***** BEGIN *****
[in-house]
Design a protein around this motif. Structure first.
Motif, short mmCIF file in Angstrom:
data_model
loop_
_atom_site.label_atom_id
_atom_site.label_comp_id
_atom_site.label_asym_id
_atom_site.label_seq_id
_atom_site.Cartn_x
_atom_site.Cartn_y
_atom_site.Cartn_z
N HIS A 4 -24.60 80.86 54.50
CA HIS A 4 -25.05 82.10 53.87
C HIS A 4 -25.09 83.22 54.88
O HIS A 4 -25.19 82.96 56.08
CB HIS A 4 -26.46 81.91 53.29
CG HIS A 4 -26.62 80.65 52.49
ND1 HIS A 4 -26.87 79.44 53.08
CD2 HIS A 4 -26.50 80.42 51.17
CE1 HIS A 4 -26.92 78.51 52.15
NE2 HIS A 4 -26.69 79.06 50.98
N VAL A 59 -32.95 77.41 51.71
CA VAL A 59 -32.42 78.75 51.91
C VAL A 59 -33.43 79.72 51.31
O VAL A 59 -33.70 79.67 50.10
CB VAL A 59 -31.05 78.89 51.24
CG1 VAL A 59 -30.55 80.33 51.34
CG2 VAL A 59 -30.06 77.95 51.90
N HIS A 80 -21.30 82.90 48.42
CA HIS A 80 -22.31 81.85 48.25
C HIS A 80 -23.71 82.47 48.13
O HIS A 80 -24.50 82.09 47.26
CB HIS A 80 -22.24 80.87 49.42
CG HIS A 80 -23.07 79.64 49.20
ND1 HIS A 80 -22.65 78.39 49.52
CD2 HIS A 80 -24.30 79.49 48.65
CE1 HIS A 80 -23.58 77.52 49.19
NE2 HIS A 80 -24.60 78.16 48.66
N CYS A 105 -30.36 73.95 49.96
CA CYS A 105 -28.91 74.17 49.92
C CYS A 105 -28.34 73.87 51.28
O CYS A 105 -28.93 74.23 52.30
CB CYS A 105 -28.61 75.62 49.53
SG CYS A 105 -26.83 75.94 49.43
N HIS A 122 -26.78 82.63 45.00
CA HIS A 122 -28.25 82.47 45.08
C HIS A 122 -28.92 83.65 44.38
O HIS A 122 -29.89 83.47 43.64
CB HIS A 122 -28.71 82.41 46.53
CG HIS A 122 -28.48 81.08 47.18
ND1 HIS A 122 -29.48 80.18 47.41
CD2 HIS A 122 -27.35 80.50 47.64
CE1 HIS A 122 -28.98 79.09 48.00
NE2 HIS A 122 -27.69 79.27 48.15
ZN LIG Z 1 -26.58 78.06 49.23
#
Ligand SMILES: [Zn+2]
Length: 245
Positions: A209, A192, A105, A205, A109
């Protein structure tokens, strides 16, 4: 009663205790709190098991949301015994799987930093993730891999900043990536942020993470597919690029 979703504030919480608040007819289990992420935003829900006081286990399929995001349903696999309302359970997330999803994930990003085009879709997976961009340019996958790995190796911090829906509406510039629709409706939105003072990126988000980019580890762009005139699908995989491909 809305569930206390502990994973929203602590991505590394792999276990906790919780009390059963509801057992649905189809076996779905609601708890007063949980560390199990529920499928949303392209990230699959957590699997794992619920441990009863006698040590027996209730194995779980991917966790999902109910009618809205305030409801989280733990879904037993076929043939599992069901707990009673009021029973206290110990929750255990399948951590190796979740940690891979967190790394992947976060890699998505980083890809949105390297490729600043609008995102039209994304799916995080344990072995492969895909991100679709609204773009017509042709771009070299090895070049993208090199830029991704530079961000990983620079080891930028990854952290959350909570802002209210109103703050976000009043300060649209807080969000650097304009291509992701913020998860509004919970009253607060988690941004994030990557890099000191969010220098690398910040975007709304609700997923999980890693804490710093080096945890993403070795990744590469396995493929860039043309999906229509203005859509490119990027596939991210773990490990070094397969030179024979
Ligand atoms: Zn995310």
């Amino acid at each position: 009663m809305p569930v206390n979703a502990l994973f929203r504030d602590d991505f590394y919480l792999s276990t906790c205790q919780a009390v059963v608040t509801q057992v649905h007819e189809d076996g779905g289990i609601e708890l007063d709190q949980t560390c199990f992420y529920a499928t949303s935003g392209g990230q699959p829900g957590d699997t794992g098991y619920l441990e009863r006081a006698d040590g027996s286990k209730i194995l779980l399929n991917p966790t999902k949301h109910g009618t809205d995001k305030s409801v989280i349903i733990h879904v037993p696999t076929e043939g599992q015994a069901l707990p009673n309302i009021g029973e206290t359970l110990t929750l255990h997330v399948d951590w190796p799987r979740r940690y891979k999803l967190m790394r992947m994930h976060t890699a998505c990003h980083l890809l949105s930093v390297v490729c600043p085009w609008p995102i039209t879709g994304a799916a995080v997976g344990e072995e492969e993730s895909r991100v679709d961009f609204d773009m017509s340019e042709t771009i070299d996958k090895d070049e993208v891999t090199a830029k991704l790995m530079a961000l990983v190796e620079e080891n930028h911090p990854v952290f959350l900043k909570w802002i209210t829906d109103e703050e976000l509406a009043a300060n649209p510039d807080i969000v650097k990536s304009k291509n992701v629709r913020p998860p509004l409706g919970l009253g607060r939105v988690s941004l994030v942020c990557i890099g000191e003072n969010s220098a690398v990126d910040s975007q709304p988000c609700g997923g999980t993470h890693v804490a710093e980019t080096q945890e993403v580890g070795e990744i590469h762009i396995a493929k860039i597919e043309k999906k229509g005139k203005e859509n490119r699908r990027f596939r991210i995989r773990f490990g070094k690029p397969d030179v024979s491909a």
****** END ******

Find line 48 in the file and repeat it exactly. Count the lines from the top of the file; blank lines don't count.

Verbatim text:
C HIS A 122 -28.92 83.65 44.38